Endogenous Repeated Cooperation and Surplus Distribution ‐ An Experimental Analysis

Category: Applied Microeconomics and Organization Seminar
When: 13 February 2019
, 17:15
 - 18:30
Where: RuW 4.201

Endogenous Repeated Cooperation and Surplus Distribution ‐ An Experimental Analysis
Sibilla Di Guida, The Anh Han, Georg Kirchsteiger, Tom Lenaerts, and Ioannis Zisis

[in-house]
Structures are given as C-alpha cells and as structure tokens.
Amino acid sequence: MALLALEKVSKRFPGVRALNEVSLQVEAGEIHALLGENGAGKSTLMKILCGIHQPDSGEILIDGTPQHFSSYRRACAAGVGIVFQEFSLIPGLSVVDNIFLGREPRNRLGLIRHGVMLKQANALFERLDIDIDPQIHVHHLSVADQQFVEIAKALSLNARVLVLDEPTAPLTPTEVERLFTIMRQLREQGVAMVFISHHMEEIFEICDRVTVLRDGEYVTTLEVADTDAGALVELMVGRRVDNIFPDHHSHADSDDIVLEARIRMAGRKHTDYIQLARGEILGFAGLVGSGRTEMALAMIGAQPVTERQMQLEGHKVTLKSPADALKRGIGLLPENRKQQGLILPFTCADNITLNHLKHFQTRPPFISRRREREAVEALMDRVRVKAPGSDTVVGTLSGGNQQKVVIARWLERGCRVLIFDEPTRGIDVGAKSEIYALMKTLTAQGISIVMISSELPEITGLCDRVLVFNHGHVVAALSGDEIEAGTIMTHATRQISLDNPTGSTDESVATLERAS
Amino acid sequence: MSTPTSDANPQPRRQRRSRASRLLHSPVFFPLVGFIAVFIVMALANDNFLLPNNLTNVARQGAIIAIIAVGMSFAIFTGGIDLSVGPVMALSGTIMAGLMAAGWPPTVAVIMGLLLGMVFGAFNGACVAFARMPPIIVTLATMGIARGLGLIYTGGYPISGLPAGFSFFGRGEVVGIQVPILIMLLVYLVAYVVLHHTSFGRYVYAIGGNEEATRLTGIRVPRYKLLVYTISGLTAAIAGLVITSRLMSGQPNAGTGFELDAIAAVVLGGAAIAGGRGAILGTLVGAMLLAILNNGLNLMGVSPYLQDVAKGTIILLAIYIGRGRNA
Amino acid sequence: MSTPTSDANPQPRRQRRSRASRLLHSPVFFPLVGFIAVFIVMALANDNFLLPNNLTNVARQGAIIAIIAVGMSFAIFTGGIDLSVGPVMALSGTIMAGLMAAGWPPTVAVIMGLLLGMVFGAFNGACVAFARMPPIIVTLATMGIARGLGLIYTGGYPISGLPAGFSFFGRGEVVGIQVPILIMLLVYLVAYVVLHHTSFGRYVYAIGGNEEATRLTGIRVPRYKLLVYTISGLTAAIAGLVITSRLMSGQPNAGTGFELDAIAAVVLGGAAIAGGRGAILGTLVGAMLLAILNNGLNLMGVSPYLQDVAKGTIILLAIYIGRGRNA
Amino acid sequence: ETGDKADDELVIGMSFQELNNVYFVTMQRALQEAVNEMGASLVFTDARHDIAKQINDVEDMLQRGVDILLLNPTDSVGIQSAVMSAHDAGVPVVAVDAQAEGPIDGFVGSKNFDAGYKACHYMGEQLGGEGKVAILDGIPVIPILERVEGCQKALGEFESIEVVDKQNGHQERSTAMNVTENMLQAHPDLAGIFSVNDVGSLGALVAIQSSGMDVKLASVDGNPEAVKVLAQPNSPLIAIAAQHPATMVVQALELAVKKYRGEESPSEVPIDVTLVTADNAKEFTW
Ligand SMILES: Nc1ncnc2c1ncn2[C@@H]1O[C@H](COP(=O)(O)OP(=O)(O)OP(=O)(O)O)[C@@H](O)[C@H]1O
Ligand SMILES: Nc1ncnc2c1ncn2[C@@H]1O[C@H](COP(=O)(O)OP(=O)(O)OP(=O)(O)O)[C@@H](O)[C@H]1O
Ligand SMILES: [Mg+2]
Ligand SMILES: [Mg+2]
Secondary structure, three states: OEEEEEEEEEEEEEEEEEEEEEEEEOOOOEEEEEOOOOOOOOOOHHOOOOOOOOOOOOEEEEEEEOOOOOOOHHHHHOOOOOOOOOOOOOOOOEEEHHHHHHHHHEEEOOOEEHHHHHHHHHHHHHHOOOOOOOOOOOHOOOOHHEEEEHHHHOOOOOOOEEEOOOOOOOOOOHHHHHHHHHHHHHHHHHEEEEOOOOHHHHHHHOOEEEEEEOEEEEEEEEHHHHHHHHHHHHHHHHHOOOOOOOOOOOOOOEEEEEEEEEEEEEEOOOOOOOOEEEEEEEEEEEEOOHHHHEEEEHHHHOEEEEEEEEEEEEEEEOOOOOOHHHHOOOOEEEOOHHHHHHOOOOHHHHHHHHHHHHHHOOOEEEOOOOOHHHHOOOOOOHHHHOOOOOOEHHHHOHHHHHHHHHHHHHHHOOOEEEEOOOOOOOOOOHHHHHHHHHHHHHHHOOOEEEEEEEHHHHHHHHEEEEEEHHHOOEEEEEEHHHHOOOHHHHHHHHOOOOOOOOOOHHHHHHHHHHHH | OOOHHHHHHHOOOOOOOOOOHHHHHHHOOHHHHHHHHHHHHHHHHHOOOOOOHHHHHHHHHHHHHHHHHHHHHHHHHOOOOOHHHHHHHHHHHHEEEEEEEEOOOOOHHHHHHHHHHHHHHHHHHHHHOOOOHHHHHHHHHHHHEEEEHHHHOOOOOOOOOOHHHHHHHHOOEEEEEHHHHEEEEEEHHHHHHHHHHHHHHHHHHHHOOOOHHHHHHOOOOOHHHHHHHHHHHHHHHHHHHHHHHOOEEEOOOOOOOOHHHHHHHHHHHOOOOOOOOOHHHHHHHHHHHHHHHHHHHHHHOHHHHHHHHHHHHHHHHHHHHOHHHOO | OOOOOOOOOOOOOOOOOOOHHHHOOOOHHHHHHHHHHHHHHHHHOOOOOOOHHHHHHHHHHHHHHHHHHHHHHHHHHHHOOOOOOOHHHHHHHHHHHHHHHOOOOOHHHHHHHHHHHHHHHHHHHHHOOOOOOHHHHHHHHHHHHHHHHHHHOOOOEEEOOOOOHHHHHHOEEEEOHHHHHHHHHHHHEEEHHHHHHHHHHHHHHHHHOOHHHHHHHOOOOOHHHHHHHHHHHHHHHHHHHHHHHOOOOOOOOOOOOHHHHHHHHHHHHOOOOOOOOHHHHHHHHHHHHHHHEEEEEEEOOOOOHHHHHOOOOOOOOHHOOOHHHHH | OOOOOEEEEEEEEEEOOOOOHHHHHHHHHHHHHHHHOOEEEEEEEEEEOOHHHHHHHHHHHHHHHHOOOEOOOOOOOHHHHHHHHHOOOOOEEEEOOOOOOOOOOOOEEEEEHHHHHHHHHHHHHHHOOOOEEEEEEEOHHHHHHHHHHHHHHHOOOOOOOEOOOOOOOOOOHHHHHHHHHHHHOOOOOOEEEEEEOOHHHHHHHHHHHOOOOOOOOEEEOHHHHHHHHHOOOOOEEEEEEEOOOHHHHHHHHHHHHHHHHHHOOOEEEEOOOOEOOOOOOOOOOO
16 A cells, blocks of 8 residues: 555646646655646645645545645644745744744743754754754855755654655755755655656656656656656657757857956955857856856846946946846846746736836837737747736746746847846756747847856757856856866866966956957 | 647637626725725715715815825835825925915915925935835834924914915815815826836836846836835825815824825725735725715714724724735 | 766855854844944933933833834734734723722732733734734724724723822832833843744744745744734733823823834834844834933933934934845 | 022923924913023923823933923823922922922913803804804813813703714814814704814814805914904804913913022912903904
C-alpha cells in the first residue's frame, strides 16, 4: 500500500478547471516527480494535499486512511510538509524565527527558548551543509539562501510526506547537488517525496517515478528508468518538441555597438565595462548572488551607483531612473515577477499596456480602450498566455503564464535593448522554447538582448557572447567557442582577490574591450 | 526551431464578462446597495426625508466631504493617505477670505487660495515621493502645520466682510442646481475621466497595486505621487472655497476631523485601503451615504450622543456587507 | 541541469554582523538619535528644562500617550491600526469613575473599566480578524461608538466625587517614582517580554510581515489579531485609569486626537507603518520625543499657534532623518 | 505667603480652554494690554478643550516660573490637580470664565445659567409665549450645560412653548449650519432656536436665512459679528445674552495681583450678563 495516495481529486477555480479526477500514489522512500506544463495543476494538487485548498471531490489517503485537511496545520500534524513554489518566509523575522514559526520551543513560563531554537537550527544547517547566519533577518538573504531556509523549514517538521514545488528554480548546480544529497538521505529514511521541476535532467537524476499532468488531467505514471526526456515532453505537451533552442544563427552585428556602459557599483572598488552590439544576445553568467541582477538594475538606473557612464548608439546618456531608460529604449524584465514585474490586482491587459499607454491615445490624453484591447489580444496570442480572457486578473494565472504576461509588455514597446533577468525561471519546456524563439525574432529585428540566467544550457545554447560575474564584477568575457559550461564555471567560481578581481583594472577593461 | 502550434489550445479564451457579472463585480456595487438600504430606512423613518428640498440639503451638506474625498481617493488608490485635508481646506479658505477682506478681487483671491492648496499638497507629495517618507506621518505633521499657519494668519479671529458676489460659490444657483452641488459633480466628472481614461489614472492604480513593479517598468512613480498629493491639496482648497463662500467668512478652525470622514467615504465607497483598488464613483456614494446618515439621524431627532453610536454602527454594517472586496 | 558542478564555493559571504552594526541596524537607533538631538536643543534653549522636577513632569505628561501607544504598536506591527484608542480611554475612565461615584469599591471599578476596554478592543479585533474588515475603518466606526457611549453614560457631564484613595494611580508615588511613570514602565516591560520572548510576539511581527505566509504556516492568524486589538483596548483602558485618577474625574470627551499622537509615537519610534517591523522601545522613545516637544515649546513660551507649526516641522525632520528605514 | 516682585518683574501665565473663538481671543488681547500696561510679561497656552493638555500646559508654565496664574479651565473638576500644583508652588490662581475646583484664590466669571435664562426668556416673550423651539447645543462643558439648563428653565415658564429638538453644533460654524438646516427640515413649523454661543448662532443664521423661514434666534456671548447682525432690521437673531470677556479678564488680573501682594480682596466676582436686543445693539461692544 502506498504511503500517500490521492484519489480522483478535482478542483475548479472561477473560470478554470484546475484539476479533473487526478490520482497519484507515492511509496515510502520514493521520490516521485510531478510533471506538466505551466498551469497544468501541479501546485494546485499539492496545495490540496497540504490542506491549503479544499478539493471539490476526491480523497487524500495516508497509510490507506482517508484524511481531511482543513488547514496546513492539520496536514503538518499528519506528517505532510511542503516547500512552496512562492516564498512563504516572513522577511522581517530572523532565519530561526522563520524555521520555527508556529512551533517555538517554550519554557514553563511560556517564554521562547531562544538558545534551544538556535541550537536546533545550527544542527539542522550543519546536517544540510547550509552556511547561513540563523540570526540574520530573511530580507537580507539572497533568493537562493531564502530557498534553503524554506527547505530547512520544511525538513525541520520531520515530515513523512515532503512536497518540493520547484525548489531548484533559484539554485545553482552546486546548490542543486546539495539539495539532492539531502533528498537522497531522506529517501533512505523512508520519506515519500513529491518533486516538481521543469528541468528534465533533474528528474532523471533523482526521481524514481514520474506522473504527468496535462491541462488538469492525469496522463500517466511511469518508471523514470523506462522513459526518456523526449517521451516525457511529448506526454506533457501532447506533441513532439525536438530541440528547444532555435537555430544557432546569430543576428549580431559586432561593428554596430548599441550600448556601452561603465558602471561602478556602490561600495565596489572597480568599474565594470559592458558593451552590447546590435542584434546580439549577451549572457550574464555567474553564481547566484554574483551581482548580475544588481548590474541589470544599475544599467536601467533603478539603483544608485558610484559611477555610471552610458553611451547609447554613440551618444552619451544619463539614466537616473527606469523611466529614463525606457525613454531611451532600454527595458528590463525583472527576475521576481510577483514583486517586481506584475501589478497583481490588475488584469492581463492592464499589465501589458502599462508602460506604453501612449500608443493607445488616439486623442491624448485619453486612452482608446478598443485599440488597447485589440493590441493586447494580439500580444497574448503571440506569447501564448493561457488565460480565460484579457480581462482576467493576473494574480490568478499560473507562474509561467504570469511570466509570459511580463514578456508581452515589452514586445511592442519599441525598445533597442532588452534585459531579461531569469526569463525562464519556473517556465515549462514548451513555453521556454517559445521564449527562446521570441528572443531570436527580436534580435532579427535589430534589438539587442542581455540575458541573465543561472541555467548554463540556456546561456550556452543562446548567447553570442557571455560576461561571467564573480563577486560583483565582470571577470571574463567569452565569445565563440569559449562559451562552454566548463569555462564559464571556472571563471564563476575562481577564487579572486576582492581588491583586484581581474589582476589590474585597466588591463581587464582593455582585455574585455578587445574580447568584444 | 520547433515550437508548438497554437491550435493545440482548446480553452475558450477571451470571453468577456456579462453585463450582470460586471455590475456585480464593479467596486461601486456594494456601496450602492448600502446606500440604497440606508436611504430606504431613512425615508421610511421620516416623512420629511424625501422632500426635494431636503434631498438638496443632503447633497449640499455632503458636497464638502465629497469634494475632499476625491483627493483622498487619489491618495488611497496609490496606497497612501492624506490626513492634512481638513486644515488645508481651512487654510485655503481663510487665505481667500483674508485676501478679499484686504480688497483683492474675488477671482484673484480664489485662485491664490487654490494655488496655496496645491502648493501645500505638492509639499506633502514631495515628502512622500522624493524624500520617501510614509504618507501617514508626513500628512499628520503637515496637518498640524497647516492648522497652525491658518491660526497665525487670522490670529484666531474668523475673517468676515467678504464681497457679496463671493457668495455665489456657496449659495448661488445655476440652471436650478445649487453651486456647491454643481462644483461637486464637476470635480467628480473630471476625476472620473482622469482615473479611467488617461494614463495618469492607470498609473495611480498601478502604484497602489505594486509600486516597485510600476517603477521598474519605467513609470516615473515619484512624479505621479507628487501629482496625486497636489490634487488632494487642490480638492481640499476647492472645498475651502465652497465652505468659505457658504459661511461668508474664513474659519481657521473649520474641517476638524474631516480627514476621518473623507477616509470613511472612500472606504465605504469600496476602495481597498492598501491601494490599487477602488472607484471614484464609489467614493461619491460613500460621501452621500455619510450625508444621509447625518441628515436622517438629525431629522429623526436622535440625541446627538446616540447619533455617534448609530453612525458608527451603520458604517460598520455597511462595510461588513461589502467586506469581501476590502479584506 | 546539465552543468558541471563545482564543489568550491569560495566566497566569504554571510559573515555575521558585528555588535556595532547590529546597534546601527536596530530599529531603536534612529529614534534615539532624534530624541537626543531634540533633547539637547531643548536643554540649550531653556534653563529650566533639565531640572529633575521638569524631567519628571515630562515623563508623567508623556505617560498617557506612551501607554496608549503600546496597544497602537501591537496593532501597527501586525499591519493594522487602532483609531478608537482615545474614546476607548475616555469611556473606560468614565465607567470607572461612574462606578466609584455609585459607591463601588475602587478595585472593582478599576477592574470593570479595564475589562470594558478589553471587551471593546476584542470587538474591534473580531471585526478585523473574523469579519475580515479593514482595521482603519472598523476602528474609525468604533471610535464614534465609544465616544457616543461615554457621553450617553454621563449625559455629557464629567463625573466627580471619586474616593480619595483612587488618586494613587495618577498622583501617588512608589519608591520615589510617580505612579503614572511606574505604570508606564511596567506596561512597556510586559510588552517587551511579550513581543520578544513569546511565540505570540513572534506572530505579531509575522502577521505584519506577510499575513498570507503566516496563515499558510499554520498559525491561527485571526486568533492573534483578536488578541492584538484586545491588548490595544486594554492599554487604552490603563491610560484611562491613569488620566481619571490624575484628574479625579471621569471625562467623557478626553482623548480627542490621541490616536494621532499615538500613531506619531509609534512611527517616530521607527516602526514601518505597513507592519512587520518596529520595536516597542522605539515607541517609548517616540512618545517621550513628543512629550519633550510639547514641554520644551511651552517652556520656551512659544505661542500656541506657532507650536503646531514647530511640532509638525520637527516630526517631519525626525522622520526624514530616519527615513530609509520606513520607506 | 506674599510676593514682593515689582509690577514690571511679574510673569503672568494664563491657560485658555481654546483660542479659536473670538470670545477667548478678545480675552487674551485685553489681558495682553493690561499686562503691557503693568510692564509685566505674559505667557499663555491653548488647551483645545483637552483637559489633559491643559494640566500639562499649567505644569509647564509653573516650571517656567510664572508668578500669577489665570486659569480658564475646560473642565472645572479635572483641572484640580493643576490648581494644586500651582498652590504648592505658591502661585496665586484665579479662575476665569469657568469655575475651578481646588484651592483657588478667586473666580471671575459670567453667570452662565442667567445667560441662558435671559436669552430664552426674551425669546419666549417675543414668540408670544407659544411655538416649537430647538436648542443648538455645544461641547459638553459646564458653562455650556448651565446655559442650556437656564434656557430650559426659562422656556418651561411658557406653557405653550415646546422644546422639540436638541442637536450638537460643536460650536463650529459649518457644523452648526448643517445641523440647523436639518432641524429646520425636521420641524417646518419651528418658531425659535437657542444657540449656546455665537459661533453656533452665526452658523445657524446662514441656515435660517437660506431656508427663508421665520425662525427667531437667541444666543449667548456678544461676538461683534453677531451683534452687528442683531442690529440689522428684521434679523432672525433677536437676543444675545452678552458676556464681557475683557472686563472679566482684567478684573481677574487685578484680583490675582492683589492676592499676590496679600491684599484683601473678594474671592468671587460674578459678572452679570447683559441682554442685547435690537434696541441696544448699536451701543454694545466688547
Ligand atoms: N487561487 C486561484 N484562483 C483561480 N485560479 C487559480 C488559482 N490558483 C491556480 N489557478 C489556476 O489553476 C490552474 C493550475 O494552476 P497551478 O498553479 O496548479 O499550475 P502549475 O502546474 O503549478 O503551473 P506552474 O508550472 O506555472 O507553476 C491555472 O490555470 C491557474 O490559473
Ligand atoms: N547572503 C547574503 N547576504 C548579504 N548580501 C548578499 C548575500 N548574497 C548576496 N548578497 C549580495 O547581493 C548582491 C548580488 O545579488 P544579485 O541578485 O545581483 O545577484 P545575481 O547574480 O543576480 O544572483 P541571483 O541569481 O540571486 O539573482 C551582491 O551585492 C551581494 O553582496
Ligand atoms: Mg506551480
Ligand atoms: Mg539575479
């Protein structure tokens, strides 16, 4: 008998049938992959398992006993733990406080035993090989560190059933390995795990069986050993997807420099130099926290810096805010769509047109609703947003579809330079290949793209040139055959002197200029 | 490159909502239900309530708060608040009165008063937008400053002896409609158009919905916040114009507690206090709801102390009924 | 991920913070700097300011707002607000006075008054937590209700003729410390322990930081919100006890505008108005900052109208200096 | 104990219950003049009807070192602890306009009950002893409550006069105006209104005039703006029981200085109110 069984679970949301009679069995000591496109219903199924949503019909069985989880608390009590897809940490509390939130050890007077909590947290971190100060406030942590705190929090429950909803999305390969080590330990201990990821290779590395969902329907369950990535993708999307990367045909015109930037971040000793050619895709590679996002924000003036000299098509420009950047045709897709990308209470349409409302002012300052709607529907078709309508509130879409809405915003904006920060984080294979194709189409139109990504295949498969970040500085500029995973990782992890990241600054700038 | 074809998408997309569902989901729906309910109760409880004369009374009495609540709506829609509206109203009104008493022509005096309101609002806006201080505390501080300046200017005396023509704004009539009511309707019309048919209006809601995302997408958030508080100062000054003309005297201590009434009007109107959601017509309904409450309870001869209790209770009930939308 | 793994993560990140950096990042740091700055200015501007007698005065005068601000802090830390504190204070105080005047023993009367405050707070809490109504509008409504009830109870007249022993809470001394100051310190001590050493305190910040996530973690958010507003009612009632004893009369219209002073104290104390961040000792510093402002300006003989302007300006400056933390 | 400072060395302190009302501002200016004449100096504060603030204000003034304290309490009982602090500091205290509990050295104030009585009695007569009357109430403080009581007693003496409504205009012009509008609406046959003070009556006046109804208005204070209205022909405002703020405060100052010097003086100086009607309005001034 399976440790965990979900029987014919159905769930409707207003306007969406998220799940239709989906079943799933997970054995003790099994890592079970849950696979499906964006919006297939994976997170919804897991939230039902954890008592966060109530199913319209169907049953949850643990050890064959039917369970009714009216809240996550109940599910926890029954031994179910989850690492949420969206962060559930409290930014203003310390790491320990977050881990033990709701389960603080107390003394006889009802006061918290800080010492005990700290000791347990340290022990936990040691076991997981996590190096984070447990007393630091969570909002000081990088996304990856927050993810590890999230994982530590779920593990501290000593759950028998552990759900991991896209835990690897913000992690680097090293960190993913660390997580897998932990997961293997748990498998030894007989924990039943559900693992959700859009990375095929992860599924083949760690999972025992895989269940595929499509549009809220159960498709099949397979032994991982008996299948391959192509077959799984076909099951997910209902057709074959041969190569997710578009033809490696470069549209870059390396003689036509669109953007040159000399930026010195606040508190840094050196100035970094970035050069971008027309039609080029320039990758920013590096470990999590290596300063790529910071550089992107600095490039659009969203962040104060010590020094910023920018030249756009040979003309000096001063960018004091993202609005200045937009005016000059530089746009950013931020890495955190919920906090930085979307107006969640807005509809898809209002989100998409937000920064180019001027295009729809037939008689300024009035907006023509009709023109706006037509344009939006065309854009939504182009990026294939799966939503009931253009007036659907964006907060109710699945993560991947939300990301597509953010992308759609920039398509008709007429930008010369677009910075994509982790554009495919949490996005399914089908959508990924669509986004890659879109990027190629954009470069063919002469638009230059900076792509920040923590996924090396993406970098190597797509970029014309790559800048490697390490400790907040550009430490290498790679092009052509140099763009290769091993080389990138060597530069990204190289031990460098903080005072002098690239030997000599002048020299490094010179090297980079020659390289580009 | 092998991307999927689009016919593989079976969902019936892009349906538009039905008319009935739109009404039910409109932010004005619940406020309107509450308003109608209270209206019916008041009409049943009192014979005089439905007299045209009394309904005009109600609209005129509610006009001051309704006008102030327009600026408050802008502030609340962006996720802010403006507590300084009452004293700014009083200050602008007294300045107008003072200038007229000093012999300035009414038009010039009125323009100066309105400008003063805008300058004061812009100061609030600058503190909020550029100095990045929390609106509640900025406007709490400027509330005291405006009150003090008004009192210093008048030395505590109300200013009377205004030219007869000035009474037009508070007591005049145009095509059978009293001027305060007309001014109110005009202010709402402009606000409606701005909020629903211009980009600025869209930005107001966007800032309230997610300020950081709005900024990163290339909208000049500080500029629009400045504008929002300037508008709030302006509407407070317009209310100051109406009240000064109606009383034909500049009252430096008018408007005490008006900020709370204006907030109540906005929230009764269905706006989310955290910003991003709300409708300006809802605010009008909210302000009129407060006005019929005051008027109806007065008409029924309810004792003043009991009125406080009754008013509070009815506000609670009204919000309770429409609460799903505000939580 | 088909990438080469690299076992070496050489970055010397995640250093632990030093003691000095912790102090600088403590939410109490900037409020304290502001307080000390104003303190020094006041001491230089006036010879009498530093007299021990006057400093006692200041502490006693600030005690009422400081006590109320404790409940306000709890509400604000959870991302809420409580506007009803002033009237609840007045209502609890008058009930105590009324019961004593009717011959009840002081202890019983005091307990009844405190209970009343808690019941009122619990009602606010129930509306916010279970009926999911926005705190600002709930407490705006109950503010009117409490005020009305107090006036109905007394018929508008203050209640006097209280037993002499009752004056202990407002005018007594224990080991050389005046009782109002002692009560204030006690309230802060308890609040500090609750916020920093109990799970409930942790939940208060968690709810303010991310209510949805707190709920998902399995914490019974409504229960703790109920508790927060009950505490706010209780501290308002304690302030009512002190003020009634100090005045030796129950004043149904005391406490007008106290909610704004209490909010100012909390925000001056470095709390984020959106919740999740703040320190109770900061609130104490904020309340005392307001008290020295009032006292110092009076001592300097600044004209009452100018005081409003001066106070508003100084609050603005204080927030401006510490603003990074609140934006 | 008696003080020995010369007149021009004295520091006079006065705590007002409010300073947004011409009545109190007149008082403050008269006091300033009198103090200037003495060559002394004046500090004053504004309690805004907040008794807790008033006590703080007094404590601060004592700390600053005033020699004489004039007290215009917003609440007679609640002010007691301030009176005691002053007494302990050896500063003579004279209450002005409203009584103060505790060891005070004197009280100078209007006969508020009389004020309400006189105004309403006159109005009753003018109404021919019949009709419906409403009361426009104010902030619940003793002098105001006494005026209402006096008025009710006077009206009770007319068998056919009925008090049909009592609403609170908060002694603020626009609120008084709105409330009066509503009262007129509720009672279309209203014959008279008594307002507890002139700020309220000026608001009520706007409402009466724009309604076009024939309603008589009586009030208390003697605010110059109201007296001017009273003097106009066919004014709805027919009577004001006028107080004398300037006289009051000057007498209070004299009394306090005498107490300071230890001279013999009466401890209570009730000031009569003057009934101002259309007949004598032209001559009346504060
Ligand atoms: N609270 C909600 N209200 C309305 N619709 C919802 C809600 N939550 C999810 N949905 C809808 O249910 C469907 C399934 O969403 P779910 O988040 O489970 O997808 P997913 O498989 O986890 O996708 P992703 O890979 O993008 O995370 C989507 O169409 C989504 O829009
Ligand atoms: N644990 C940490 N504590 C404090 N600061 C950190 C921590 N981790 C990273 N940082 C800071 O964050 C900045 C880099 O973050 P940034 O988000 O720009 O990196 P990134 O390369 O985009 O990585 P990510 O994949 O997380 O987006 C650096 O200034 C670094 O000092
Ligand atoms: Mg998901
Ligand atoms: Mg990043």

This paper investigates how endogenous group formation combined with the possibility of repeated interaction impacts cooperation levels and surplus distribution. We developed and tested experimentally a Surplus Allocation Game where the cooperation of four agents is needed to produce a surplus, but only two agents have the power to allocate it among the members of the group. Different matching procedures were used to test the impact of exogenous vs. endogenous group formation. Contrary to commonly hold beliefs, the possibility of repeated interaction with the same partners per se did not lead to higher average cooperation levels and more equal (on average) allocations of the surplus, but to a self‐selection of agents into groups with different life‐spans, correlated with the behavior of both distributors and receivers. We developed a behavioral model based on a few straightforward assumptions which captures the dynamics observed in the experimental data, sheds light into the rationales that drive the agents’ individual behavior, and allows us to understand how group duration is linked to different agents´ characteristics. Our model suggests that the most generous distributors are those acting for fear of rejection, rather than for true generosity. Moreover, the groups lasting the longest (and the most efficient ones) are those composed by this type of distributors and “undemanding” receivers.